3.5 out of 5 stars (above average)
Star Trek Beyond is a fun sci-fi action movie that feels closer to the 2009 reboot in terms of tone and character interactions. Whereas Into Darkness caused “Khan-troversy” among the Trekkie community, this film is lighter on its feet and, as far as I know, feels more like an episode of the classic 60’s TV show. I have (sadly) never seen a full episode, but I can definitely say that this installment feels much smaller in scale and focuses more on the characters. There’s still a ton of cool action sequences, but they help the film this time rather than hurt it, emphasizing the familial dynamic among the crewmates of the U.S.S. Enterprise rather than seeming like an excuse to blow something up.
The film picks up three years into the U.S.S Enterprise’s five-year mission to explore the galaxy, with Captain James T. Kirk (a thankfully mature Chris Pine) feeling a bit burnt out and considering leaving the ship for a new position. After recovering a McGuffin artifact, he and the rest of the crew, Vulcan Spock (Zackary Qunto, spot-on as always), Uhura (Zoe Saldana), Chekov (the late great Anton Yelchin), Scotty (a funny Simon Pegg), Sulu (John Cho) and snide crew doctor Bones (a hilarious Karl Urban) go to a Starfleet base for some brief R and R, only to receive a distress call from an area where Starfleet will be unreachable. Duh Duh Duhhhhhhhhhh!
That distress call turns out to be a trick ambush by the villainous Krall (a reliable Idris Elba), who wants the artifact for nefarious purposes. This attack forces the crew to jump ship on a nearby planet, being separated from one another. Now the crew must get back together and defeat Krall, with no help from Starfleet whatsoever.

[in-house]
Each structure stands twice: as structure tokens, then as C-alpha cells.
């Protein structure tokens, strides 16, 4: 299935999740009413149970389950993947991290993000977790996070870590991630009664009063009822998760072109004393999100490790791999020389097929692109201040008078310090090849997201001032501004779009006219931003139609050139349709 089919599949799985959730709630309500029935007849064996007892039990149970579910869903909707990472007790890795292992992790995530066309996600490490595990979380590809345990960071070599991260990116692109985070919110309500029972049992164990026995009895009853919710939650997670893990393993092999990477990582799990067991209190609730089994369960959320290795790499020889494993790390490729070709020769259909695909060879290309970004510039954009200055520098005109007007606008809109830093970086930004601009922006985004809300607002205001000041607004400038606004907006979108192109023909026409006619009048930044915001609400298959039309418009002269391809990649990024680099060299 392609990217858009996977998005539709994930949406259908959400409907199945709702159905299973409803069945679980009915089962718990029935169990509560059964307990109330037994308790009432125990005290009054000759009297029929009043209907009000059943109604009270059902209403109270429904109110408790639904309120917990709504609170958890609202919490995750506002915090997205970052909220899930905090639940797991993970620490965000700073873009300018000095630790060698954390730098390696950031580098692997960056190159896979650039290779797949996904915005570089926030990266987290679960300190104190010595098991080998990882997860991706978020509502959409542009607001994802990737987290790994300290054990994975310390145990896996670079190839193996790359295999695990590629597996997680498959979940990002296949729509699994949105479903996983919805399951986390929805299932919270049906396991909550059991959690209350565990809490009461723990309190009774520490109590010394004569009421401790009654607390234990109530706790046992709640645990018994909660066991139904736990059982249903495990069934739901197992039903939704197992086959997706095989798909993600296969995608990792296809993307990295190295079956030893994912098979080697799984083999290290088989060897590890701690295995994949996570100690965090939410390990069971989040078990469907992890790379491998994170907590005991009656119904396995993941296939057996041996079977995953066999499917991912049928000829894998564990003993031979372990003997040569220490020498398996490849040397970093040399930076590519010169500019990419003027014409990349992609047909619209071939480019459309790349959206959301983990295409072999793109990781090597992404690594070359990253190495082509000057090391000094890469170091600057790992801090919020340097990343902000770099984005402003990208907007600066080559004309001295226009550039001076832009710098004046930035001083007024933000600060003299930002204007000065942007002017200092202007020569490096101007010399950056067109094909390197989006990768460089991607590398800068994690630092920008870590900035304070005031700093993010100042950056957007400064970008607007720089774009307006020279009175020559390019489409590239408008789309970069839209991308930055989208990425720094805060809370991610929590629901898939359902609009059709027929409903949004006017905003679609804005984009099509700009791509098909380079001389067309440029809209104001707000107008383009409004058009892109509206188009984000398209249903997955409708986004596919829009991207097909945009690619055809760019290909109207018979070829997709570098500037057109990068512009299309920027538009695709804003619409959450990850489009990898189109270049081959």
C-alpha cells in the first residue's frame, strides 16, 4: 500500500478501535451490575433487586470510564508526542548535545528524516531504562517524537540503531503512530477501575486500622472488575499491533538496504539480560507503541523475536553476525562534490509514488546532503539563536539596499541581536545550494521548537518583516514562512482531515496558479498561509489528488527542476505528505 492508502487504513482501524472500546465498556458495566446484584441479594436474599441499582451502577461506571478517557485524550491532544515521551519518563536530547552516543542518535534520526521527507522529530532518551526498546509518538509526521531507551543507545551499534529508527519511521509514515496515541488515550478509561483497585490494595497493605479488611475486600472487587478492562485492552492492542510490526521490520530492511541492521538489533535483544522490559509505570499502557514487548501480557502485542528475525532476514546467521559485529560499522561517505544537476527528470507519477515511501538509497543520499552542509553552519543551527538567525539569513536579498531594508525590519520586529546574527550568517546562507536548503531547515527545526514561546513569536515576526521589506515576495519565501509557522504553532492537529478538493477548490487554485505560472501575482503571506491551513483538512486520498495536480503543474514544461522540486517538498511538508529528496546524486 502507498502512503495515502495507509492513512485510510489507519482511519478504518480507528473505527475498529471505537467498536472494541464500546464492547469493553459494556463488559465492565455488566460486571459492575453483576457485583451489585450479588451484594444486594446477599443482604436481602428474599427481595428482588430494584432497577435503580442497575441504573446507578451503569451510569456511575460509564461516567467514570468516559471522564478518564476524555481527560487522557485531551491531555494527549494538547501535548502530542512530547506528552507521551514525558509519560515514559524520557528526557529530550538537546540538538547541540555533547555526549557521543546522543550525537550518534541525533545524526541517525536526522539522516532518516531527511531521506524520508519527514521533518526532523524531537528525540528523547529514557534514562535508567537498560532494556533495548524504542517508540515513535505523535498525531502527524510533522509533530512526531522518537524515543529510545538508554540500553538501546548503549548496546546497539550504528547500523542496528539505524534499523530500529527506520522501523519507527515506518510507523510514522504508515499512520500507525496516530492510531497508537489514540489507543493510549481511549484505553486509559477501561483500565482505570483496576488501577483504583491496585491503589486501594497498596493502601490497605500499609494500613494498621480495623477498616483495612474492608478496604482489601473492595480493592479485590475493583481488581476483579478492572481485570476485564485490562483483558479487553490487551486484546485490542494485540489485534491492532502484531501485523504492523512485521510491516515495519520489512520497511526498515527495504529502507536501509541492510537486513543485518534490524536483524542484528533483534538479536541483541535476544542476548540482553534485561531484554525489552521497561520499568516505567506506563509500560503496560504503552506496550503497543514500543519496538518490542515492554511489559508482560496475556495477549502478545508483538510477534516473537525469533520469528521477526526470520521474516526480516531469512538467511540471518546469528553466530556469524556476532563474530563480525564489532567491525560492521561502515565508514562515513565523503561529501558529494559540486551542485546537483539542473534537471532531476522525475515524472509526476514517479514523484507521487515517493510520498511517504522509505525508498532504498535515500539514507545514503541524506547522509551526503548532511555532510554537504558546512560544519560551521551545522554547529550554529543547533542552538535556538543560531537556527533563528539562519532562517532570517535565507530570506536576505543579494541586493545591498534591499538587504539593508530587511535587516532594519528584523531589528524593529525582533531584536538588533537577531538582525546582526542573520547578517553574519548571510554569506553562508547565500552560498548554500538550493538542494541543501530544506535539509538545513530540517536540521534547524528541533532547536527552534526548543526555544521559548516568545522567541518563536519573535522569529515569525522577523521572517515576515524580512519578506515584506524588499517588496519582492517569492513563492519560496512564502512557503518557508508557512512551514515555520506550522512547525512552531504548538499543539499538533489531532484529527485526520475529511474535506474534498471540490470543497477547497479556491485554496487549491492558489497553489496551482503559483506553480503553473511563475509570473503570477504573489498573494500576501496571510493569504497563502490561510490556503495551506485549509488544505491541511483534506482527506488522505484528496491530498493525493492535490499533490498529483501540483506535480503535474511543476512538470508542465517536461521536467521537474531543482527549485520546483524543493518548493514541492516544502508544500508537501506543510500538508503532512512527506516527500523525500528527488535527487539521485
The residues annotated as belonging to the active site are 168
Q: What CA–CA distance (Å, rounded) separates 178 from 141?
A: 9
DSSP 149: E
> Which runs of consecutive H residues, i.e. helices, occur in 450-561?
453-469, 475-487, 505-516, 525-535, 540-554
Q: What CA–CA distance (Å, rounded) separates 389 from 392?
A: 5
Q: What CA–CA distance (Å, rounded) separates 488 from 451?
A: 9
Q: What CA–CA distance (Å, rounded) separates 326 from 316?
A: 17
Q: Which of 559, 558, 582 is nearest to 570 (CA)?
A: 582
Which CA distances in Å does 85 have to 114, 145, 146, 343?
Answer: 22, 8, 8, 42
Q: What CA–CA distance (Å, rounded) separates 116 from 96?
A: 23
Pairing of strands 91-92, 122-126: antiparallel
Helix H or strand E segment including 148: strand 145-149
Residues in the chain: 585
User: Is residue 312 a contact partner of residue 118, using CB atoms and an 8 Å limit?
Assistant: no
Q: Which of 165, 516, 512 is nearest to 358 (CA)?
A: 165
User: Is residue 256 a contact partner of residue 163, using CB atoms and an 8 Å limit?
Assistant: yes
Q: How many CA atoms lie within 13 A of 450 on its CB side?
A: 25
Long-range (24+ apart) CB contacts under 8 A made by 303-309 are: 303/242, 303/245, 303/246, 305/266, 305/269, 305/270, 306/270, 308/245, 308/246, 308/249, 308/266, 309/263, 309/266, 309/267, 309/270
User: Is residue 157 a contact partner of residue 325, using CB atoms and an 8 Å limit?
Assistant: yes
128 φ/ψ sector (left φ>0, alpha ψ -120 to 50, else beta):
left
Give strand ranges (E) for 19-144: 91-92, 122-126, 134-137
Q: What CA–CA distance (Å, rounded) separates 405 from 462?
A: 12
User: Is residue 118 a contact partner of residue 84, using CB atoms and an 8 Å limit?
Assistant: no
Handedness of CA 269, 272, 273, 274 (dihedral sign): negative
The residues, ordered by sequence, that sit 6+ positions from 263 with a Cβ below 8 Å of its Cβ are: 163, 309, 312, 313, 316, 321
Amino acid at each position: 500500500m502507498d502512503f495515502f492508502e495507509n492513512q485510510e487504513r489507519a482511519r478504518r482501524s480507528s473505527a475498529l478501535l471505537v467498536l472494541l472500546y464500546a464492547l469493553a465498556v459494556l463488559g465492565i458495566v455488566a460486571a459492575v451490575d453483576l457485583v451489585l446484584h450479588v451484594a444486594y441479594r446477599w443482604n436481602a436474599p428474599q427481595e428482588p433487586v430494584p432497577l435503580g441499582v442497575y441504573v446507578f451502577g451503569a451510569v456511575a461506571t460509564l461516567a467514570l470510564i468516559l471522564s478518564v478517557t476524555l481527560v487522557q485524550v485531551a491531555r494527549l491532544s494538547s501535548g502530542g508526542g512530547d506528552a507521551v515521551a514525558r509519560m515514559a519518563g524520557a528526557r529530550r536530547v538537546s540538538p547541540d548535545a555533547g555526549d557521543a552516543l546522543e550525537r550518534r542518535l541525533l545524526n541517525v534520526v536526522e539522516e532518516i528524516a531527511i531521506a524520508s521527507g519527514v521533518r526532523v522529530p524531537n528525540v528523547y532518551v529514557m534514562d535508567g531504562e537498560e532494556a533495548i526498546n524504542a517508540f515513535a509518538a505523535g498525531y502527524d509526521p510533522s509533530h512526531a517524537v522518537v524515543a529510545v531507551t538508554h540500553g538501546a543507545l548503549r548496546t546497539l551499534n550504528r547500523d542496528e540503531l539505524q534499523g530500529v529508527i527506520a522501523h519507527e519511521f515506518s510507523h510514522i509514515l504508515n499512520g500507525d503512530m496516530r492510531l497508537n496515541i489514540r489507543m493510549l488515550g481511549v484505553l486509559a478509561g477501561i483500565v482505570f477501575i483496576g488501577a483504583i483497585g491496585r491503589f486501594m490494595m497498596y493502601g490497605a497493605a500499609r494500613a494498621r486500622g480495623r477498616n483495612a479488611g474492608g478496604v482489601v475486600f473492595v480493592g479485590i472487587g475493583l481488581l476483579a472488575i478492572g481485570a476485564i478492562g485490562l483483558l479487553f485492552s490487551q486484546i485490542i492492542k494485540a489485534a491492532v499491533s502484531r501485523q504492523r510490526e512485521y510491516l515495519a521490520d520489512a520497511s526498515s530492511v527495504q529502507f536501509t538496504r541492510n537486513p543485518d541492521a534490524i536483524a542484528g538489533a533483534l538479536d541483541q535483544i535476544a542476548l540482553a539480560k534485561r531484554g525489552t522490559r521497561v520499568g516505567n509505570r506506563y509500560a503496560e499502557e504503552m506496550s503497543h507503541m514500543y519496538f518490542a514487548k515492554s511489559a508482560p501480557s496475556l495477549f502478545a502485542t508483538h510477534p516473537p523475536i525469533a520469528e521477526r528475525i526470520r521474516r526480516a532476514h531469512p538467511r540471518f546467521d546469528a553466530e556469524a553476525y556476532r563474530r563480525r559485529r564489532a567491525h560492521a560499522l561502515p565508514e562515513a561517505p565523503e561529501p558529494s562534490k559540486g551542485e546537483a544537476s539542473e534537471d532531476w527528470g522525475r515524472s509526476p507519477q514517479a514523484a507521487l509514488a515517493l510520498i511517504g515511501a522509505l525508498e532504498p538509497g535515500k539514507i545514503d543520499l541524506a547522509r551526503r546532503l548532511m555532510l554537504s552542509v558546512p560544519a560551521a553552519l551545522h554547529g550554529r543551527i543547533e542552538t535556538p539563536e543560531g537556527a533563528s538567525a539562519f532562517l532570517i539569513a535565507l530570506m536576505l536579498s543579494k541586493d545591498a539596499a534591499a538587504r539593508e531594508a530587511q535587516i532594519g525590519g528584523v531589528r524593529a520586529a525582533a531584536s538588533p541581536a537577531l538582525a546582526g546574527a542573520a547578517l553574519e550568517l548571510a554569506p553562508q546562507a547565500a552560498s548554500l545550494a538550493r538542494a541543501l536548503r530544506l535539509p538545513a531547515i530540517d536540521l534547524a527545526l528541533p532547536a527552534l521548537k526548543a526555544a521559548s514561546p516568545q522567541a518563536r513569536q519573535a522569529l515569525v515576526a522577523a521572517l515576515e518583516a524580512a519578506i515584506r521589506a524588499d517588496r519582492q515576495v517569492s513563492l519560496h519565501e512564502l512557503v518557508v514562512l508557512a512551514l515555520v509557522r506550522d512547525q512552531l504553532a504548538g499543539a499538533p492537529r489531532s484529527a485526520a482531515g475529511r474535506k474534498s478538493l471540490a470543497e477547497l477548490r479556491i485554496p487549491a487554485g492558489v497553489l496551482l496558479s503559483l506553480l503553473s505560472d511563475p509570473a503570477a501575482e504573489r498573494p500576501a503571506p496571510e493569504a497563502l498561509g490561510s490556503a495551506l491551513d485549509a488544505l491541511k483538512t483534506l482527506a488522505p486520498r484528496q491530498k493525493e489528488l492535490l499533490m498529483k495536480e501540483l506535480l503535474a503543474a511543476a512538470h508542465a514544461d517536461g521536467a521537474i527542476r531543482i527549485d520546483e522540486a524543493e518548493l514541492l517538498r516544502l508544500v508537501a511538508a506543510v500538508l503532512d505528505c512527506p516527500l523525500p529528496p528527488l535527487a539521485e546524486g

I thoroughly enjoyed this film. The action is fun, fast paced, and well-shot, and the script (co-written by Pegg) has several bits of humor and some surprising subtlety that would have greatly helped the last film. The movie doesn’t go as deep as it could into some plot elements, but I frankly didn’t care, as this is meant to be a fun summer movie and nothing else, a promise upon which it delivered.
My favorite part of this film is its characters. They are fun, relatable, and you legitimately care about them getting home. With the knowledge of the future series pushed aside, the threats they face are pretty hardcore, making you wonder how they will get out of them. Lastly, there is a touching tribute to the original series at the end of the film that made even me, the most casual Trekkie, have the feels.
The performances continue to dazzle, especially Pine, who has evolved from a pompous hotheaded teenager who stole his dad’s car and treats everyone like he’s better than them into a captain who loves his ship and crew. Quinto again is brilliant as Spock, with perfect dialogue delivery as well as great chemistry with Karl Urban. Urban also does well, delivering some of the film’s best lines. Elba does his best with Krall, but the script sometimes lets him down with generic bad guy lines. The shining star here is newcomer Sofia Boutella as an alien the crew encounters. Boutella has a good screen presence and enjoyable comic timing.
The action is pretty good here. Justin Lin knows how to direct insane action and make it look awesome, putting his talents to good use. The battles are intense in a fun way, with the climax (which I dare not spoil) being one of the most enjoyable I’ve seen this summer. No sequence overstays its welcome, each lasting long enough to both progress the plot and provide the necessary thrills without going into overkill.
Star Trek Beyond respects its source while still succeeding as a modern blockbuster. The dialogue is often funny, the characters are enjoyable, and the action, while not the best ever made, completely satisfies. Whether you enjoy the original series, or just these reboots because you think Chris Pine is hot, Star Trek Beyond should satisfy your craving for a fun summer movie.
(P.S.: Though I didn’t stay for the credits, I heard they dedicate the film to the late Anton Yelchin and Leonard Nimoy. Yelchin died shortly after the film was completed, and Nimoy passed last year. They were fantastic actors and I am personally sad to see them go.)
Rated PG-13 for Sequences of Sci-Fi Action and Violence